A customer makes a payment using a WeChat QR payment code via her smartphone, next to an Alipay QR code, left, at a vegetable market in Beijing on November 3, 2020. Photo: AFP / Greg Baker

Chinese tech giants including Alibaba and Tencent tumbled for a second day Wednesday, after Beijing’s market regulator put out draft antitrust rules that signaled a looming crackdown on high-flying internet giants.

Rules published on Tuesday outlined plans to prevent “monopolistic behavior” among internet companies, a shift from a previously more hands-off approach to antitrust issues.

The timing of the announcement also raised eyebrows, coming on the eve of China’s mammoth Singles’ Day, the world’s biggest shopping festival, which is propelled by Alibaba.

Shares in the e-commerce titan dropped 9.8% in Hong Kong – just a week after regulators halted an enormous IPO for the group’s financial arm – while tech rival Tencent slipped more than 7%.

Meanwhile, online shopping platform JD.com plunged more than 9%, smartphone maker Xiaomi dived more than 8% and food delivery firm Meituan was 9.7% lower.

The losses followed massive drops for the firms on Tuesday.

Dave Wang, portfolio manager at Nuvest Capital, said the authorities’ move marks an “inflection point” for the sector.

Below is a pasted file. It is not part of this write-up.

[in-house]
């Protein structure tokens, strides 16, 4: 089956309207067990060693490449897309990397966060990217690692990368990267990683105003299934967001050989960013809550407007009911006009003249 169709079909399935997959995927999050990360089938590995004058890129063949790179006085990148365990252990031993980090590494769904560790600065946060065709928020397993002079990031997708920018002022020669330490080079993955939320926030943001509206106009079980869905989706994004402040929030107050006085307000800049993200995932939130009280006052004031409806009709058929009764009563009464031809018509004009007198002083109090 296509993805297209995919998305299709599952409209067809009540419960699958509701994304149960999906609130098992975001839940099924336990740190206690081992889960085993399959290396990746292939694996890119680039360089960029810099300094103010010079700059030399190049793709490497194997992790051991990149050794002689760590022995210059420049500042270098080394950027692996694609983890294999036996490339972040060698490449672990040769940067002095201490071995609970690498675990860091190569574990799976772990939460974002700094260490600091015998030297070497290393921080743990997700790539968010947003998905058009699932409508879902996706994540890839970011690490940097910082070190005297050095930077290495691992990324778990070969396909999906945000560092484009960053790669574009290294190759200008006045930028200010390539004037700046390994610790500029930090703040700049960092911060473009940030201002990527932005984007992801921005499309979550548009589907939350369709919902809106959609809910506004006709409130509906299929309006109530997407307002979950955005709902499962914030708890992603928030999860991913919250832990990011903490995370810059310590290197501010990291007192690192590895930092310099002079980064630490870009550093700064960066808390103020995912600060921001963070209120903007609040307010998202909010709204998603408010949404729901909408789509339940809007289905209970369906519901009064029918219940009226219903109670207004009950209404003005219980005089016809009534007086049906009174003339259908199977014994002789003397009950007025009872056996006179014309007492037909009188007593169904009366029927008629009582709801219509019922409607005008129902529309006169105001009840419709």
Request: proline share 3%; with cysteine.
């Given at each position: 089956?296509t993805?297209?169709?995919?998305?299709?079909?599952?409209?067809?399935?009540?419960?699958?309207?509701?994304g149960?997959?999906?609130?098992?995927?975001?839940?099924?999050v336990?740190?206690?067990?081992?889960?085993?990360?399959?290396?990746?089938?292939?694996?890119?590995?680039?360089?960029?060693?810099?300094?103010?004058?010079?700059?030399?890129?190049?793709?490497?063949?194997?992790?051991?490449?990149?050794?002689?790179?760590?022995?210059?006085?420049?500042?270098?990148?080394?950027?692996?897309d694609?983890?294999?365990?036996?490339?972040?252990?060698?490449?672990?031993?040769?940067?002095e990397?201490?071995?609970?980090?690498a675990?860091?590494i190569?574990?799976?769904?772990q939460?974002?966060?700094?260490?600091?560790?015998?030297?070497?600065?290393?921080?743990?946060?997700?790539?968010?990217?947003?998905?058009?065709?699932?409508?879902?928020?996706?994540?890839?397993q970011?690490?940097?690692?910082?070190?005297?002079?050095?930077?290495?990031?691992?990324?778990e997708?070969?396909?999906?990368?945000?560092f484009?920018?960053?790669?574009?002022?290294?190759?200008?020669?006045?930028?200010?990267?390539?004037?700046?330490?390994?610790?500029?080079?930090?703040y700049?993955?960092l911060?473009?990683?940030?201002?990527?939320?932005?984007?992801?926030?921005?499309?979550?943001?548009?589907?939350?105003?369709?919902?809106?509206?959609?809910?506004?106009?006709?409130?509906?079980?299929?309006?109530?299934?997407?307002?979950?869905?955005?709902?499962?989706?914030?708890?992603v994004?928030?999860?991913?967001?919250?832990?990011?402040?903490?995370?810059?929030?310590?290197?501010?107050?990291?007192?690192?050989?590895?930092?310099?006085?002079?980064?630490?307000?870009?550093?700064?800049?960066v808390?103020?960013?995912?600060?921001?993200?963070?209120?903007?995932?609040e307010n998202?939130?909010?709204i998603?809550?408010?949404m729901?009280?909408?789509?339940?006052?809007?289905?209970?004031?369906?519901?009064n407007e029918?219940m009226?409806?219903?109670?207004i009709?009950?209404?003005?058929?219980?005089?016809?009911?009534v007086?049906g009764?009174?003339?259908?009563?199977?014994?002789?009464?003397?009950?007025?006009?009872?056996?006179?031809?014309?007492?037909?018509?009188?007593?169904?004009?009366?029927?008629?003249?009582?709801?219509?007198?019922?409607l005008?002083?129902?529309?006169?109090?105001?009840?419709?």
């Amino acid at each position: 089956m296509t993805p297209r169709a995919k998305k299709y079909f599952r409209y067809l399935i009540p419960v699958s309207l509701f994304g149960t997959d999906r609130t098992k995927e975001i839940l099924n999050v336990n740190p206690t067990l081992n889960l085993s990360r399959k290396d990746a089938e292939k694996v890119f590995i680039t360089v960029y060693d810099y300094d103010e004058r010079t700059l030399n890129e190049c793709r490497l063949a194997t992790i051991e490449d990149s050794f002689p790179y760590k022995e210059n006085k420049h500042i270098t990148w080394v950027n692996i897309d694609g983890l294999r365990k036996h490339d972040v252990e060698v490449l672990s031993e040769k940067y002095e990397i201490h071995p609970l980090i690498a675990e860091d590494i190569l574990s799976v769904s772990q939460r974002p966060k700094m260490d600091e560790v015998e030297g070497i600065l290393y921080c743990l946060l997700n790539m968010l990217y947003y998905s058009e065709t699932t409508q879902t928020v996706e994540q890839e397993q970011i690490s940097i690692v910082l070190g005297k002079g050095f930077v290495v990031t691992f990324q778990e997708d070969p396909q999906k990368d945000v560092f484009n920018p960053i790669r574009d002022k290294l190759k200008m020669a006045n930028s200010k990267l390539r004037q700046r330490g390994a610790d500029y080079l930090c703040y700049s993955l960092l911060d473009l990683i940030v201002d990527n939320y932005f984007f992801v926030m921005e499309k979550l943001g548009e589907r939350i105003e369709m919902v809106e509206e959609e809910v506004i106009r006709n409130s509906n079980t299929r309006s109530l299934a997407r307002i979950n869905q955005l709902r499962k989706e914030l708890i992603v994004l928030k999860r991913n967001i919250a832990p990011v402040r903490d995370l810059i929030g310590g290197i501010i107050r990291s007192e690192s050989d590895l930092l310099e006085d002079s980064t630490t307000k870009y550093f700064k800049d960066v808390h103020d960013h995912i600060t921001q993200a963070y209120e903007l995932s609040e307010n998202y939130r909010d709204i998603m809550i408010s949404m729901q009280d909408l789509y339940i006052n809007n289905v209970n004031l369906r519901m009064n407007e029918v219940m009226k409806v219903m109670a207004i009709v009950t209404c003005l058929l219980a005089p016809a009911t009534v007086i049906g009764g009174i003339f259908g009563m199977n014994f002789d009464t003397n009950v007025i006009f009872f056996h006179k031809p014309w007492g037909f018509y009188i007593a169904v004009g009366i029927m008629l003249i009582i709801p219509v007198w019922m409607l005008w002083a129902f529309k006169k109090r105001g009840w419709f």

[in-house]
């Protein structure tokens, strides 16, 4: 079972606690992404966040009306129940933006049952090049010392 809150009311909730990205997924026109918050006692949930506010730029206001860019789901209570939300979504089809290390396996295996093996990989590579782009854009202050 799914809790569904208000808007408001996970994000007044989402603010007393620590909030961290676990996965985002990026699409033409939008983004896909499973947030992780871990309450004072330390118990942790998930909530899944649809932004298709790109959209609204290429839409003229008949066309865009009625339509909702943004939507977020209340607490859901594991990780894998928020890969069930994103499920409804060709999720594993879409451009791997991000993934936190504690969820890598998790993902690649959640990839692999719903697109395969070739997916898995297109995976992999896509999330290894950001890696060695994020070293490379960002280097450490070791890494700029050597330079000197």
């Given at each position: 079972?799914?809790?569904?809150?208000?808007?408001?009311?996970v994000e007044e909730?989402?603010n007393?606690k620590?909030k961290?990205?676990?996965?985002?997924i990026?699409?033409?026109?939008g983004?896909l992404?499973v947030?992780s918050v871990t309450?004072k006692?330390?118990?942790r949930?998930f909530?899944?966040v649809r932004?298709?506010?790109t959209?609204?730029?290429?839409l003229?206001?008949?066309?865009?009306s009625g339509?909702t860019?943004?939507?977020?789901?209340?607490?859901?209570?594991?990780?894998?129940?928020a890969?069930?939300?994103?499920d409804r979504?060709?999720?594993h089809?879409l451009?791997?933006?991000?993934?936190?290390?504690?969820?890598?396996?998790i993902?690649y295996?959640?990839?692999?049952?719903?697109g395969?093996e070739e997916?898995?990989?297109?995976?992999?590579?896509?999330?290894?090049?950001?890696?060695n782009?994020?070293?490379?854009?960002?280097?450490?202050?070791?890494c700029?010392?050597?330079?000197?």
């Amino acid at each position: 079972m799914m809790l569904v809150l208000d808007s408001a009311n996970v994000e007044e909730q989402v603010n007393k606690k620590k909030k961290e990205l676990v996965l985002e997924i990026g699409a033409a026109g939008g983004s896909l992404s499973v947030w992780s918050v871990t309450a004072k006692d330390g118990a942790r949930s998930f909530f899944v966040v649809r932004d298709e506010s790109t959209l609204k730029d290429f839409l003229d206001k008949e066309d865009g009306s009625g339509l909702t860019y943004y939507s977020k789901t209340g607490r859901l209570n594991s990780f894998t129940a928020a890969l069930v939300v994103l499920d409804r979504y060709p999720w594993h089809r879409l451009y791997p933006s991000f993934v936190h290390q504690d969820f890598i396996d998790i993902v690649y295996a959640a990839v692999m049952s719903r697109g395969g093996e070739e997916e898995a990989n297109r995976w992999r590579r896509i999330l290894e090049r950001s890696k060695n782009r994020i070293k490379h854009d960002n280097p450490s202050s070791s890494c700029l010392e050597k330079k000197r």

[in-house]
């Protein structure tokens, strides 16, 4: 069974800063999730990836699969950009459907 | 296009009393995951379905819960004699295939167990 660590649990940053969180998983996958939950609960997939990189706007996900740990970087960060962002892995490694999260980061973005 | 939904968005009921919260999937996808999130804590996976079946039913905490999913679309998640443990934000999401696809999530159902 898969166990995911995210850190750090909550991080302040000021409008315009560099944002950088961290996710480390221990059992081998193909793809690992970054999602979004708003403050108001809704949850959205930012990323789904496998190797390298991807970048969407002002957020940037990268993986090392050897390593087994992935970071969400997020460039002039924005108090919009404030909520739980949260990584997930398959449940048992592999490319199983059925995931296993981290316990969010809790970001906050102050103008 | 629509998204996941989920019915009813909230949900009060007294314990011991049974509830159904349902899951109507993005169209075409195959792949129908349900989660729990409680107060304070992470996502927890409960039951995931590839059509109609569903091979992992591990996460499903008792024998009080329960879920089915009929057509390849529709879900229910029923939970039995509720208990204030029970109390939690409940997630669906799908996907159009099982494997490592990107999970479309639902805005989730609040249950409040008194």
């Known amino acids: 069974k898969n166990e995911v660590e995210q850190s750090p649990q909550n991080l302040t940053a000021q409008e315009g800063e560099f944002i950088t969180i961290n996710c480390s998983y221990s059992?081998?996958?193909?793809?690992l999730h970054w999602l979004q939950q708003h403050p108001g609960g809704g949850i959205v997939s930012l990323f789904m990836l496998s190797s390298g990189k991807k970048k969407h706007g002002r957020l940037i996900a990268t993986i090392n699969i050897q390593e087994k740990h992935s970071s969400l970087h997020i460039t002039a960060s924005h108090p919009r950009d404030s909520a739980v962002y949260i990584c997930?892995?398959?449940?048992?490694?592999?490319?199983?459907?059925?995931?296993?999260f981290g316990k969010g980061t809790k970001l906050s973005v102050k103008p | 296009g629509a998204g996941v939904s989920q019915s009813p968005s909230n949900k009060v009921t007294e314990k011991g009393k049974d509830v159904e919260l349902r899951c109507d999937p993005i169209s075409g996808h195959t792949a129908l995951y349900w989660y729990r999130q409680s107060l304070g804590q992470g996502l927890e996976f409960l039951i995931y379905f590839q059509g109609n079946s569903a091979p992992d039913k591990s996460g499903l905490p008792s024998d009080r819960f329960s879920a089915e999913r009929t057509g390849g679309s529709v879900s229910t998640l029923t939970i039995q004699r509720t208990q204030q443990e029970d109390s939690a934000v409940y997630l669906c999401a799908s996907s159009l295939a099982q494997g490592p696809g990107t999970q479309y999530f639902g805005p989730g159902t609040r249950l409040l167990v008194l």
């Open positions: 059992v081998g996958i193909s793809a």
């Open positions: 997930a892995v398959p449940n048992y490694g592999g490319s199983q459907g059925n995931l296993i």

“The dominance of the big players may have reached a point that is making authorities feel uncomfortable,” he said. “They are looking to reduce this dominance or at least keep it in check.”

The guidelines, put out by the State Administration for Market Regulation, take specific aim at internet platforms and issues such as exclusivity clauses that hinder competition.

China’s antitrust watchdog is also targeting acts constituting an “abuse of dominant market positions” that could squeeze out smaller rivals – including unfair pricing, restricting transactions without justifiable reason or pushing different prices and conditions on customers based on their buying habits.

The move to force business partners to “pick one of two,” therefore selling exclusively on one platform, is explicitly cited as a monopolistic practice as well.

China’s tech firms are known to have captive ecosystems. Alibaba’s Taobao platform, for example, supports payments via its own Alipay rather than Tencent’s WeChat Pay.

Beijing has moved to clip the wings of its fast-growing online platforms, most recently halting a planned record-smashing US$34 billion IPO of Ant Group – Alibaba’s financial arm.

But Supun Walpola, equity analyst at LightStream Research, noted that even if the new rules affect companies’ current operations, it does not “drastically” hit their core business models.

“For instance, given its scale and penetration, I see no reason why Alibaba cannot be successful even without practices like data collaboration, price discrimination or exclusivity clauses,” he said.